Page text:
PHILIP ANSELMO: 'I've Made More Bad Decisions Than Great Decisions In My Life'

Michael Christopher of The Boston Phoenix recently conducted an interview with former PANTERA and current DOWN frontman Philip Anselmo. A couple of excerpts from the chat follow below.

On how he remembers his time in PANTERA:

Anselmo: "I miss the days, I long for the days, sometimes, and I miss [late PANTERA guitarist] Dimebag very, very much. There's a plethora of emotions, and to dwell on the past doesn't feel healthy for me and when I think about those days. It's not like I try to think of all the good stuff; it kind of comes naturally, especially 'Vulgar Display Of Power' and that whole touring cycle and the change in the audience and their perception of us. When we toured 'Cowboys From Hell', there was a very lukewarm if not awful response. But when you back it up with a record like 'Vulgar Display', that's when the tide did turn — rapidly, to say the fucking least. There were some extremely educational, memorable, cherishable times in my life."

On a long-rumored VAN HALEN cover track that was recorded by PANTERA but never released:

Anselmo: "We used to fuck with all kinds of songs. Obviously we did that ridiculous version of 'Cat Scratch Fever' for some movie soundtrack ['Detroit Rock City'], that dickface Ted Nugent. Shit, dude, we would kick into KANSAS and all kinds of shit. What you said does ring a bell; I think it was something like 'Outta Love Again', I wonder where that shit is. And here's another one for ya: I never did sing on the motherfucker, that old Phil Collins [he starts singing 'I Don't Care Anymore'], we did a version of that, and it's somewhere. But there really probably isn't any original material left, but cover tunes and shit like that. If there was the proper amount of digging, we could find all kinds of shit."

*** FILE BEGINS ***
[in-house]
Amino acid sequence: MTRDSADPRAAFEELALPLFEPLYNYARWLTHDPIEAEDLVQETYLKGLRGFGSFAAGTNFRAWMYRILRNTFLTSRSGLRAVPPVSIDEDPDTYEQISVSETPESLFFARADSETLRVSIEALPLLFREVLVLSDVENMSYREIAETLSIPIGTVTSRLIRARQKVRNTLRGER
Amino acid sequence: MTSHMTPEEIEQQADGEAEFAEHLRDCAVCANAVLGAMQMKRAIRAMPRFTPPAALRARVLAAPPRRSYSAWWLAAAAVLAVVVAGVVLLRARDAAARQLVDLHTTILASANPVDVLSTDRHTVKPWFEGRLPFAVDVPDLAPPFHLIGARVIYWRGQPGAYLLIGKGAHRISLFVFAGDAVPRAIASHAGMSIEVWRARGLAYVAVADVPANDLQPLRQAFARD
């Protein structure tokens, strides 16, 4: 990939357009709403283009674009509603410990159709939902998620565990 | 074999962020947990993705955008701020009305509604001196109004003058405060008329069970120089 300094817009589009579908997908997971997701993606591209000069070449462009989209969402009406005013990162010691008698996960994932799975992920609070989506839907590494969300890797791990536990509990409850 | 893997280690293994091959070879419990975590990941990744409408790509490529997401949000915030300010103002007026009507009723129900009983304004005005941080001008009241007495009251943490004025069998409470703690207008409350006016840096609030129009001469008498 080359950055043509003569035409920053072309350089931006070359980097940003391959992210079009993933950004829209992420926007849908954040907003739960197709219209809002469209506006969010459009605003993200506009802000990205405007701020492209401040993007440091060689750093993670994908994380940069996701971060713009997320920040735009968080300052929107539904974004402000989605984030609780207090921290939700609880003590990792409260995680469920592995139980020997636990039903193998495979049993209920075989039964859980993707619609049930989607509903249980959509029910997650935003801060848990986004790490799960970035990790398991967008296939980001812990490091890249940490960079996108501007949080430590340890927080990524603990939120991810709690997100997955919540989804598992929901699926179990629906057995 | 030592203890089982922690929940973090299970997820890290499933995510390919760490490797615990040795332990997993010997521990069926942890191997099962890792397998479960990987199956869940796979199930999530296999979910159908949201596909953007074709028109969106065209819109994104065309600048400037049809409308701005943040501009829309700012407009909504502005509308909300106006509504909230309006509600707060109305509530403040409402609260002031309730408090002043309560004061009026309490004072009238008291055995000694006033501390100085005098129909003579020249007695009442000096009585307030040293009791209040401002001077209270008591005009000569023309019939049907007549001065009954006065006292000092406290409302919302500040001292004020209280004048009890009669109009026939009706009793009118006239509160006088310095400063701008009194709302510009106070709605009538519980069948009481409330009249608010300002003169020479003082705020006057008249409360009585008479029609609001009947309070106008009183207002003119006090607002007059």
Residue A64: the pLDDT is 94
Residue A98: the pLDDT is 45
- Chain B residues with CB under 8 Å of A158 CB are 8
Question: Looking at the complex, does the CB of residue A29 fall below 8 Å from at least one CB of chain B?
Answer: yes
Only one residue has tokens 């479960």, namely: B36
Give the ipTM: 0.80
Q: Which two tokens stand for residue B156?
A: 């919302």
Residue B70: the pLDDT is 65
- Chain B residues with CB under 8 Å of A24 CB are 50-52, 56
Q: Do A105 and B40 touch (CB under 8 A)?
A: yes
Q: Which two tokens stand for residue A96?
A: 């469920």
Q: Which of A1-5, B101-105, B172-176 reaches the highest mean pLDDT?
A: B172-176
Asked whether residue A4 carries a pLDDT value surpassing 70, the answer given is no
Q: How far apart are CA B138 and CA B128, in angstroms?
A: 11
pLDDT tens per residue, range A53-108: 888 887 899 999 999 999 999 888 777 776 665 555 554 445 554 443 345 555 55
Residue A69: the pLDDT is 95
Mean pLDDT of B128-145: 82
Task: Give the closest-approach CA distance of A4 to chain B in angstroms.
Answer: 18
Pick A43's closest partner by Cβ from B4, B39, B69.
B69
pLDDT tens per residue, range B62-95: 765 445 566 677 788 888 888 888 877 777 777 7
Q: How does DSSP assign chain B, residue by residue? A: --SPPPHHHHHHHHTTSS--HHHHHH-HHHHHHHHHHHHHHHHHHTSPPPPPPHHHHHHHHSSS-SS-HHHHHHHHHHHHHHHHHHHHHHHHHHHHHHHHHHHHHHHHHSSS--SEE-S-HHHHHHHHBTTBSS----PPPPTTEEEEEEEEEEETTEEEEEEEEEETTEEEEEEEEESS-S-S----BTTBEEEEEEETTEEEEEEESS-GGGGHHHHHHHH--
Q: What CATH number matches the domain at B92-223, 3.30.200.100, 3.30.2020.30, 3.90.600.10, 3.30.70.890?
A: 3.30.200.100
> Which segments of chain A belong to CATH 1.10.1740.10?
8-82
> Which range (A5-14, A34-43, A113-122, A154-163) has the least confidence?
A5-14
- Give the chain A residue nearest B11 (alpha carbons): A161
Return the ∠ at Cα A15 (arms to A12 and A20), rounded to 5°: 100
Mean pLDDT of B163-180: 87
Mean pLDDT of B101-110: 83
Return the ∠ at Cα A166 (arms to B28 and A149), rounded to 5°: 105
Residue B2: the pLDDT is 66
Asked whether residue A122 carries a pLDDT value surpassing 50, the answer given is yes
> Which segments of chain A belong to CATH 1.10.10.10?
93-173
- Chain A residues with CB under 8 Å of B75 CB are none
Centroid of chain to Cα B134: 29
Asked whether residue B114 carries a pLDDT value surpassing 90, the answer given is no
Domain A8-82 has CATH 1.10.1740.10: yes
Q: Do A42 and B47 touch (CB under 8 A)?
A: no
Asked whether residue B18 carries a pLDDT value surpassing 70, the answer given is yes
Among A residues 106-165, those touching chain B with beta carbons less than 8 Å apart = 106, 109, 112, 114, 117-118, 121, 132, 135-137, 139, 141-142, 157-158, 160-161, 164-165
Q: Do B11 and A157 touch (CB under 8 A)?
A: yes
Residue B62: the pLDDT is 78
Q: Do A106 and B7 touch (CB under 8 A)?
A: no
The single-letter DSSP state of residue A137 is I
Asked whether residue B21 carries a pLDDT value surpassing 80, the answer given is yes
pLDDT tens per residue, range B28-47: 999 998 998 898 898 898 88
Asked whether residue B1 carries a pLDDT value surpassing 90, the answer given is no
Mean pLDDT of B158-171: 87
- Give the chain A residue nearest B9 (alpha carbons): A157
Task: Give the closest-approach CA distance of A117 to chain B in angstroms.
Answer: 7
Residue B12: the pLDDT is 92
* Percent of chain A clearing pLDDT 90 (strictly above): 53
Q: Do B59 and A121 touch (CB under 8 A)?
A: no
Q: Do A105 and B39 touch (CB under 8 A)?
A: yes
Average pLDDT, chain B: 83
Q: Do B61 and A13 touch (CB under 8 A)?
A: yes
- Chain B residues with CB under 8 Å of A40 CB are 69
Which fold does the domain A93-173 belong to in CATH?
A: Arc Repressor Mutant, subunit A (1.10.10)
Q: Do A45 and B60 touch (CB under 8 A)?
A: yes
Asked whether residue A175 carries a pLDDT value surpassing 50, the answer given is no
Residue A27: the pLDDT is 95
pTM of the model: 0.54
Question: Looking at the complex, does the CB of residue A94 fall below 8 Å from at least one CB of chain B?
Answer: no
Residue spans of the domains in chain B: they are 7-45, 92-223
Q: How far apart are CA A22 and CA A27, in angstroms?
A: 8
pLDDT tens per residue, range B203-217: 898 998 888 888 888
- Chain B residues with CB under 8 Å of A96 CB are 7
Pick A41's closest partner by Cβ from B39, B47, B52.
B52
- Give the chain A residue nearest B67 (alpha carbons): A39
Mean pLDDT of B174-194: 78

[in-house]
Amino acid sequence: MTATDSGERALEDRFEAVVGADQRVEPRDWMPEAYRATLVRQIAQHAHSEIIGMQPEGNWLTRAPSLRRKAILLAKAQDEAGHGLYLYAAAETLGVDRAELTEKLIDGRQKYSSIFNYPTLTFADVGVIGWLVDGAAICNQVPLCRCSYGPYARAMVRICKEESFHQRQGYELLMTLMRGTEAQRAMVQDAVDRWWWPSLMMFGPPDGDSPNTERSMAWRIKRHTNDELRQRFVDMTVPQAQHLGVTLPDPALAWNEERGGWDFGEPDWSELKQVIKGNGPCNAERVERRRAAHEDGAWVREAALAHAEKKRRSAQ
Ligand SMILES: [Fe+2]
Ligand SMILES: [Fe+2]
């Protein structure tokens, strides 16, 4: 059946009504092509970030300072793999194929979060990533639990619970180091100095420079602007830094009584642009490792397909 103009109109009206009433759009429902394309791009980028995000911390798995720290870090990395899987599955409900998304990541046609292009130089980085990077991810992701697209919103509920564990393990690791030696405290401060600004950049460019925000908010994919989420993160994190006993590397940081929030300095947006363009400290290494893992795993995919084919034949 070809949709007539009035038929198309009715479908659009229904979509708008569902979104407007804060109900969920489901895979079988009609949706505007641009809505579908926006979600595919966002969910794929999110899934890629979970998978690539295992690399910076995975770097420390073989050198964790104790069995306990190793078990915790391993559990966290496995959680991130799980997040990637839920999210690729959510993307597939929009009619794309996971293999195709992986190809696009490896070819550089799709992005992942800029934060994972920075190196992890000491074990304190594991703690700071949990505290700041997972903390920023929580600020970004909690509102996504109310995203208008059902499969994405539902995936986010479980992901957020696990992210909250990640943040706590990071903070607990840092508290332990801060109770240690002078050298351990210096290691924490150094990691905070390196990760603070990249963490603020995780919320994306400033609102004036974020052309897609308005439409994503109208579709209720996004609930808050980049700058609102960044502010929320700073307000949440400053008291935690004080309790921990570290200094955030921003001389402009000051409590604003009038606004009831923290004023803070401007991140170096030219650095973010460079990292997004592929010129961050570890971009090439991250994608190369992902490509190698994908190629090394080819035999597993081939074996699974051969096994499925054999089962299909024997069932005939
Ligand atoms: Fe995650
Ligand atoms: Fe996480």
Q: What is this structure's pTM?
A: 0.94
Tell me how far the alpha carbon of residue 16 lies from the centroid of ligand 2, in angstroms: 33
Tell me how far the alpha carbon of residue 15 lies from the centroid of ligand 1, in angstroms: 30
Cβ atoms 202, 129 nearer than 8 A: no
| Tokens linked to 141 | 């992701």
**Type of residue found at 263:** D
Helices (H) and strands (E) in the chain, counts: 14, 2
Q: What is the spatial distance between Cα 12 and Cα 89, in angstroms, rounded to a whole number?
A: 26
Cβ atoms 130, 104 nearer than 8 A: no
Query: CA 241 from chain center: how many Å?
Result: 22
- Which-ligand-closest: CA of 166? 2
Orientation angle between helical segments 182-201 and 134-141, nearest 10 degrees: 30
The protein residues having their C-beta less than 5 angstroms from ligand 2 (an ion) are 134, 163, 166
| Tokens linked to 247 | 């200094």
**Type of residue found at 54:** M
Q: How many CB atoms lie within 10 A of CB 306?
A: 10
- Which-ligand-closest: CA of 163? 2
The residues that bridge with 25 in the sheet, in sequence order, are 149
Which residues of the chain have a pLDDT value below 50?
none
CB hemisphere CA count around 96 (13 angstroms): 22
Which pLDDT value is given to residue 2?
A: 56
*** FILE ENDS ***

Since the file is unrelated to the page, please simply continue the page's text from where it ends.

On the constant media portrayal of metal fans on the whole as uneducated lunkheads:

Anselmo: "We haven't helped. There's been a lot of things that have not helped us. I remember being flown into New York when MTV was going through some kind of change-up in the early 2000s, and they wanted me to be the host of 'Headbangers Ball'. First of all, the name of the show sucks — it fucking sucks, it's cheesy as fuck. Why don't you just call it the 'Extreme Music Hour' or something like that and give it some fucking credibility — because honestly, there's great musicians in heavy metal. Look at some of the great guitar players. . . But heavy metal has always gotten the meathead rap, and you know, hey, honestly I haven't fucking helped. I've made more bad decisions than great decisions in my fucking life, and I regret a lot of things I've said onstage, a lot of actions I've done onstage, and a lot of trouble that I've got into, because all it does is bring bad publicity to heavy metal. It kind of makes us, heavy metallers, a sovereign state in a lot of ways. We might not get as much big-time praise from mainstream media, but let them call us meatheads, let them think we're ignorant, and let them keep writing awful music — and I'll keep calling it awful and we'll just be even at that."

Read the entire interview from The Boston Phoenix.

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